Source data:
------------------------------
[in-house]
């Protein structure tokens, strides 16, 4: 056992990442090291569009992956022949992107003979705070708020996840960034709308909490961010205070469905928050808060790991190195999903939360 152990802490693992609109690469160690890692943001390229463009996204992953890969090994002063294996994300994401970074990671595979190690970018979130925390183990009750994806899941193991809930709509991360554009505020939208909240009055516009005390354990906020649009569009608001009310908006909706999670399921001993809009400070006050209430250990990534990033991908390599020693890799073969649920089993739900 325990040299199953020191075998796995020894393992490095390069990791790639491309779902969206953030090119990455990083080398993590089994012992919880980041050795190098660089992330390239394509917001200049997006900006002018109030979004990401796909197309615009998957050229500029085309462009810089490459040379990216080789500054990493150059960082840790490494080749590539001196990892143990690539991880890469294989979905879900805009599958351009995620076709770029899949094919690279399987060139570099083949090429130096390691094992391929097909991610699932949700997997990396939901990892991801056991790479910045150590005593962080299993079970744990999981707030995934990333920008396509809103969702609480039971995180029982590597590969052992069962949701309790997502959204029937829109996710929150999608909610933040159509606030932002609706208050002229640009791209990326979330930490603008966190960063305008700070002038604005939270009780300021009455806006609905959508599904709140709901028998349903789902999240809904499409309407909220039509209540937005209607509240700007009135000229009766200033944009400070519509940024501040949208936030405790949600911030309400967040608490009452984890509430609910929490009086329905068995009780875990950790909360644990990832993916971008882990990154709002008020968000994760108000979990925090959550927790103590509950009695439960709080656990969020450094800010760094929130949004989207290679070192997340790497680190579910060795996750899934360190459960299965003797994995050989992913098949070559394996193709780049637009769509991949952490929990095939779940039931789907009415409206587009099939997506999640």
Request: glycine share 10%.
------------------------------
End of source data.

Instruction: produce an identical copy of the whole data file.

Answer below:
[in-house]
């Protein structure tokens, strides 16, 4: 056992990442090291569009992956022949992107003979705070708020996840960034709308909490961010205070469905928050808060790991190195999903939360 152990802490693992609109690469160690890692943001390229463009996204992953890969090994002063294996994300994401970074990671595979190690970018979130925390183990009750994806899941193991809930709509991360554009505020939208909240009055516009005390354990906020649009569009608001009310908006909706999670399921001993809009400070006050209430250990990534990033991908390599020693890799073969649920089993739900 325990040299199953020191075998796995020894393992490095390069990791790639491309779902969206953030090119990455990083080398993590089994012992919880980041050795190098660089992330390239394509917001200049997006900006002018109030979004990401796909197309615009998957050229500029085309462009810089490459040379990216080789500054990493150059960082840790490494080749590539001196990892143990690539991880890469294989979905879900805009599958351009995620076709770029899949094919690279399987060139570099083949090429130096390691094992391929097909991610699932949700997997990396939901990892991801056991790479910045150590005593962080299993079970744990999981707030995934990333920008396509809103969702609480039971995180029982590597590969052992069962949701309790997502959204029937829109996710929150999608909610933040159509606030932002609706208050002229640009791209990326979330930490603008966190960063305008700070002038604005939270009780300021009455806006609905959508599904709140709901028998349903789902999240809904499409309407909220039509209540937005209607509240700007009135000229009766200033944009400070519509940024501040949208936030405790949600911030309400967040608490009452984890509430609910929490009086329905068995009780875990950790909360644990990832993916971008882990990154709002008020968000994760108000979990925090959550927790103590509950009695439960709080656990969020450094800010760094929130949004989207290679070192997340790497680190579910060795996750899934360190459960299965003797994995050989992913098949070559394996193709780049637009769509991949952490929990095939779940039931789907009415409206587009099939997506999640």
Request: glycine share 10%.